tarmac. Children and dogs ran about on the dirt strewn with rubbish and paper scattered by the wind. One simple hut was the clinic and was moderately clean. There the Doctor attempted to apply first world medicine in a culture going back to the Stone Age. Hypertension, Diabetes, Donavaniasis (venereal) and ante-natal care were just some of the problems. I even performed a facet joint injection on a very well covered lady with a short needle on a less than spotless couch! As in every practice. There was a last minute rush when the plane returned. We left with three extra passengers for the Alice Springs hospital including a man who had broken his arm on a drilling rig in the bush. Time, off was spent visiting the many tourist sites in the "Red Centre" including Uluru ( Ayres Rock) and the other creeks and gaps in the mountains of this fascinating country. A second - hand mountain bike gave me a chance of going into the bush at dusk when the wallabies and kangaroos came out to graze. I was amazed to see three cattle on one occasion where they seemed to have no chance of survival. Alice Springs has museums art galleries and a cultural centre.

There are many restaurants and hotels where kangaroo, crocodile etc may be tried - I saw no Witchety grubs. My lasting memory will be the evening view from the hospital top corridor of a brilliant red sunset silhouetting a peak of the McDonnell Mountains --- There is no town like "The Alice". 

John Murray

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 The Powerlifting G P

My entry into the world of powerlifting came rather late in life at the ripe old age of 35. Kidderminster boasted in 1975 two members of the British Powerlifting team out of eleven which was pretty amazing. The training took place in the old church hut in Broadwaters now the Rose theatre. The
equipment was home made largely. For example, the squat stands were made out of oil drums with metals posts sunk into concrete!

I started training in a small way and then news travelled around the Powerlifting world that a doctor was involved in the sport. I was immediately appointed M.O. to the British team and travelled with them for several years to European and World competitions. These events took me to Scandinavia, Canada and other European cities particularly in Germany and Holland. The British= team in those days was always in the first three in the world. The team would always have weight problems arriving two days before the event several kilos overweight. Diuretics were legal until - ten years ago and so the lighter members who had the most difficulty losing weight were as dryas a chip. There was usually an hour and a half between the weigh-in and the start of lifting and therefore intravenous fluid replacement was quite common, as there was insufficient time to replace fluid orally even with metoclopramide.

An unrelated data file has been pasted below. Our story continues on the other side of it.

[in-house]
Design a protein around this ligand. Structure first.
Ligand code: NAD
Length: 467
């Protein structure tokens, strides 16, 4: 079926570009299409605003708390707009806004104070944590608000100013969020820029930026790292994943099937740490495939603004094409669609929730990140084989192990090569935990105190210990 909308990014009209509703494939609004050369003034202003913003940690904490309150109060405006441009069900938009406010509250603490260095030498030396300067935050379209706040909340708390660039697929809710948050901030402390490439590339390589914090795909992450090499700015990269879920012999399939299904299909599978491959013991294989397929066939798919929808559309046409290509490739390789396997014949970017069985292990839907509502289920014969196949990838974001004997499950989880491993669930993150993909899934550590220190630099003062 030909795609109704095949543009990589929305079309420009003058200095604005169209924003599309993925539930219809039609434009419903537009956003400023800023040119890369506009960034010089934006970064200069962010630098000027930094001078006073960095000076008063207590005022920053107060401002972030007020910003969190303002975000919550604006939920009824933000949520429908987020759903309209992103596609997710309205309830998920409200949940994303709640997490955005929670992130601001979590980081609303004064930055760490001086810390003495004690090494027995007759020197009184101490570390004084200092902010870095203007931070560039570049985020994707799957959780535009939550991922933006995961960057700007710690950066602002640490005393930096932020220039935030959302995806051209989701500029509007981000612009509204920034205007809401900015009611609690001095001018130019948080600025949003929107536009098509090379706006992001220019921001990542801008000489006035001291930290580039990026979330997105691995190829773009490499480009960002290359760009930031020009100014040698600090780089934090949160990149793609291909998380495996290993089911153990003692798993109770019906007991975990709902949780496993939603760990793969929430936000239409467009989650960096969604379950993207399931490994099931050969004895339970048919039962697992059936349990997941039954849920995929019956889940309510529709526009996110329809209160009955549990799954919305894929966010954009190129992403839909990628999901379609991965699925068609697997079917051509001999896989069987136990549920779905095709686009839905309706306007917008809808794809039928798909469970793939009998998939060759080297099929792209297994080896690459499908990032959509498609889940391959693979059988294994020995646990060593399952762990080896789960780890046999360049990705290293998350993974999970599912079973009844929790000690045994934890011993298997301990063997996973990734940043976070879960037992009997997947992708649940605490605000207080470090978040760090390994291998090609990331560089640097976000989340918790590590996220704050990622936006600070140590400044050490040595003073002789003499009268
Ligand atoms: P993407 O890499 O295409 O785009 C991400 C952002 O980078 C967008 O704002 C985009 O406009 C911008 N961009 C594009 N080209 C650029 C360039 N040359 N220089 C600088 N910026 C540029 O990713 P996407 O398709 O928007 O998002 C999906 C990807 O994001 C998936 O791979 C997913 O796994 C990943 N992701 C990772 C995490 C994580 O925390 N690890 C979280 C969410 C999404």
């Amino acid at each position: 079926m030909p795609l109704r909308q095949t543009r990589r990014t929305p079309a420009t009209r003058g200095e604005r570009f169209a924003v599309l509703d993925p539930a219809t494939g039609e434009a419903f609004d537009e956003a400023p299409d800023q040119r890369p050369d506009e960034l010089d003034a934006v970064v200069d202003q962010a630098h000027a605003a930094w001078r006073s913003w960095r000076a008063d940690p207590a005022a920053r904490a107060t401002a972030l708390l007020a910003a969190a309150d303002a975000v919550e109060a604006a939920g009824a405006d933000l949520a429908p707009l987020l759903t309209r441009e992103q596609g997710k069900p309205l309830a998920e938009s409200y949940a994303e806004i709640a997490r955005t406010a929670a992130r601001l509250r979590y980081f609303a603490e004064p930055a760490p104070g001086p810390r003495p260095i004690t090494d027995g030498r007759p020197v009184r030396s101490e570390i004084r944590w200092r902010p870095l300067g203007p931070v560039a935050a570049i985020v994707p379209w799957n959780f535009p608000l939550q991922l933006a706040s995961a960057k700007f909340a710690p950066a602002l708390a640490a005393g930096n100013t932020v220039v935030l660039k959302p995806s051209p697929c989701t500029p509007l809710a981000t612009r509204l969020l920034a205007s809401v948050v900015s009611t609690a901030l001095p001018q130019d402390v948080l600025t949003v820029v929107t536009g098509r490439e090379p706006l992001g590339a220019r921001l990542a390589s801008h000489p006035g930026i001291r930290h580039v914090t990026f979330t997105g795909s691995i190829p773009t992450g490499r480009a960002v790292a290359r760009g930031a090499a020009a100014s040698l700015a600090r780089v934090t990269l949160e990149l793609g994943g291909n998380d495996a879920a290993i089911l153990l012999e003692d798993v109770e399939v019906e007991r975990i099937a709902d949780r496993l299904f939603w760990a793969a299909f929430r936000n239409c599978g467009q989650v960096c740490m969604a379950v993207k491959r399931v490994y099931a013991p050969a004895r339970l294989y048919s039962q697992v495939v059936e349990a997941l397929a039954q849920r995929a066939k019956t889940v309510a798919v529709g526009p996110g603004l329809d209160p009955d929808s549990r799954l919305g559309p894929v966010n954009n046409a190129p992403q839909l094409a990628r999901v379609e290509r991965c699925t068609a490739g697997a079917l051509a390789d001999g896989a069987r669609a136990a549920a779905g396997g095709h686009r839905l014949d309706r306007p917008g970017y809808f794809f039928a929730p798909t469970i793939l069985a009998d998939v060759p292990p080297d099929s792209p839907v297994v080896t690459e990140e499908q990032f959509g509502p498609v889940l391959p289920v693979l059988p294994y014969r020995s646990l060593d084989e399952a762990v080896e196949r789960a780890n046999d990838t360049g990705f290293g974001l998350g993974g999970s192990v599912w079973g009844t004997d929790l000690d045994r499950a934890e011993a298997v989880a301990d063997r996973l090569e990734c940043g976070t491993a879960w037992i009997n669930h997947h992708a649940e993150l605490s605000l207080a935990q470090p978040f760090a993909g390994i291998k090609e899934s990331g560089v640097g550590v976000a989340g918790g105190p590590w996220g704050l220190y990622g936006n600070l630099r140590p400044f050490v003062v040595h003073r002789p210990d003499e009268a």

During these trips, I had to deal with every common ailment which a party of twenty would suffer from ranging from sore throats to piles. I spent many an hour in the drug testing room trying to encourage a dehydrated lifter to pass urine. It is extraordinary how long it can take for the kidneys to wake up after such. My own career in the sport took off after the introduction of veteran classes when I became quite competitive in my early forties. Towards the end of the decade, I could not compete with the younger just forty year olds but in my fiftieth year I managed to win the British championship in the 75kg class narrowly beating a good friend of mine who was the national team coach but 8 years older than me. This led on to my selection to represent Great Britain the over fifty geriatric team in Frankfurt at the European Championships This was a disaster for several reasons. Lifting at 9 o'clock in the morning was not my sa~ne and a facet joint injection from Peter Thorpe the day before departure did sap my confidence a bit. The real reason why I did not do well was that all the others were a lot stronger!

I have given up the sport to concentrate on my weekly counselling session with Paul Brothwell, the hospital chaplain, on Cleobury golf course with loud support from John Murray, John Reddy and Reg Johnstone.

Dick Herbert